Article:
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No industry creates corporate behemoths and then destroys them as spectacularly as technology. It's not just Blackberry Ltd. The merger deal between Applied Materials and Tokyo Electron announced on Tuesday is another sign the sector is consolidating and dreams of glory are waning.
Tech companies famously hoard cash on their balance sheets and this is only partly because they are so profitable. Apple, with its $146-billion (U.S.) treasure chest, Microsoft ($77-billion), Cisco Systems ($51-billion) and Oracle ($39-billion) keep billions on hand in case they need it to defend their market share.
This defence has numerous forms. Acquiring a new firm with a disruptive technology is one method. Another is taking over a competitor, as Oracle did in buying BEA Systems in 2009. Tech companies, even dominant ones, must work feverishly to avoid becoming the next Netscape or Nortel.
Recent deals, however, are defensive in a different way. Fairfax Financial Holdings CEO Prem Watsa and Michael Dell are both leveraging themselves to the eyeballs not to invest in future growth, but to hide BlackBerry and Dell from shareholders so they can be downsized and restructured. The Applied Materials merger is a response to dying personal computer sales – again, a consolidation.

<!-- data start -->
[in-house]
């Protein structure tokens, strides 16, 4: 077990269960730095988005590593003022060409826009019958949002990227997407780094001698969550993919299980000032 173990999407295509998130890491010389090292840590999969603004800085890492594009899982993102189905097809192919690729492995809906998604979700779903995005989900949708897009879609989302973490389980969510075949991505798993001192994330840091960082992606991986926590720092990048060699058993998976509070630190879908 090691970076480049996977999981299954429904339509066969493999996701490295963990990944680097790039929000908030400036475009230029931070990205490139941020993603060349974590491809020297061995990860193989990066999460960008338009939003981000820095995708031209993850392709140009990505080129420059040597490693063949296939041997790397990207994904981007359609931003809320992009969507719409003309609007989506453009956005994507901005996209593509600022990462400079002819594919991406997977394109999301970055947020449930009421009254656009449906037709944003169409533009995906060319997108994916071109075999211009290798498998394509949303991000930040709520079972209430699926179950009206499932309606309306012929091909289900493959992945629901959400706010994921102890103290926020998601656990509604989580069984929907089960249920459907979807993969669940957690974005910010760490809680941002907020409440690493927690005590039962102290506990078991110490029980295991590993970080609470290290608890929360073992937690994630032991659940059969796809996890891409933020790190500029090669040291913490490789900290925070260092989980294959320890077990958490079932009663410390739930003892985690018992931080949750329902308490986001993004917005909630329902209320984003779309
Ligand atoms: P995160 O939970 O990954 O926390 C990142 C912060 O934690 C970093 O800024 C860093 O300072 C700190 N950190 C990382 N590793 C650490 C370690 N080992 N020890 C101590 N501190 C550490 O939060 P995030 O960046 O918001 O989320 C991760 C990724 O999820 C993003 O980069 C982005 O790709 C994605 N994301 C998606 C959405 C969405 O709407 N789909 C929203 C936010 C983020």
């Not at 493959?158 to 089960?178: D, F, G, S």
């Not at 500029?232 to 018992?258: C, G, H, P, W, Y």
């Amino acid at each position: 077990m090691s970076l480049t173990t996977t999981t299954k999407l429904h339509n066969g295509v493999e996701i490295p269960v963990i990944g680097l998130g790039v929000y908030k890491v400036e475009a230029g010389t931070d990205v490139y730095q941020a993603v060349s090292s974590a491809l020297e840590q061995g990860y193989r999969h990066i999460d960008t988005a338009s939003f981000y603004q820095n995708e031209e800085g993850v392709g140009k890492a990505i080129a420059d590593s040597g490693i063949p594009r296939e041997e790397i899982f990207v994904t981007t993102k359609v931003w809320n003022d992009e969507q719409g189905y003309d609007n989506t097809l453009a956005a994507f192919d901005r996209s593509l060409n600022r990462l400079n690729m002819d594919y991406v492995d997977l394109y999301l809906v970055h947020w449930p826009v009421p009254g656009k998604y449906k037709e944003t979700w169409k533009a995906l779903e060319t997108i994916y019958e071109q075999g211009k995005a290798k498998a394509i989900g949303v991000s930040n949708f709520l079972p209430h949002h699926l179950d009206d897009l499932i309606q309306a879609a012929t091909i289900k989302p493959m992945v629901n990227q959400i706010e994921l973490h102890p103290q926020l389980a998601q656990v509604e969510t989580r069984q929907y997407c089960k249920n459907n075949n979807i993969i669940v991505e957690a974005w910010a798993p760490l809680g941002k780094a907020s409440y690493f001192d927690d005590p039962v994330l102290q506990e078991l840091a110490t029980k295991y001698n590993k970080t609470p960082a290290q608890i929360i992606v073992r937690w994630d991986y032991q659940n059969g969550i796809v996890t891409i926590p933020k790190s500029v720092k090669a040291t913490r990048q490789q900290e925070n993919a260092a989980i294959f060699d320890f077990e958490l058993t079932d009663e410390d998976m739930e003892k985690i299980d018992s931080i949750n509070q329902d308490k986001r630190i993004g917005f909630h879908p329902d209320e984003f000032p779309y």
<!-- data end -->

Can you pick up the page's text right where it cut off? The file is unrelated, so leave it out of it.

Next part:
The excitement surrounding technology has diminished. Subsectors like cloud computing that are showing growth are, for now, interesting only to IT professionals and software developers. For the rest of us, the cloud is merely a more efficient way of accomplishing the same things, with our employers reaping the financial benefits. Big Data is a term only an actuary could truly love.
I began my career during the technology bubble and find it stunning that technology is now boring. Tyler Cowen, an economics professor at George Mason University, argues in The Great Stagnation that the low-hanging fruits of technological, Internet-based progress are now behind us and development will proceed more slowly. The longer we wait for the next big thing in technology, the more likely it is that Prof. Cowen is right.
Spoiled by rapid technological change over the past two decades, investors are growing justifiably impatient with the endless corporate blocking and tackling as industry giants look to consolidate market share rather than expand.
The technology giants of yesteryear, BlackBerry among them, are falling by the wayside or morphing into utilities. We're all looking to uncover the next Microsoft, Apple or Cisco. Maybe they're not coming.
Scott Barlow is a contributor to ROB Insight, the business commentary service available to Globe Unlimited subscribers. Click here to read more of his Insights , and follow Scott on Twitter at @SBarlow_ROB .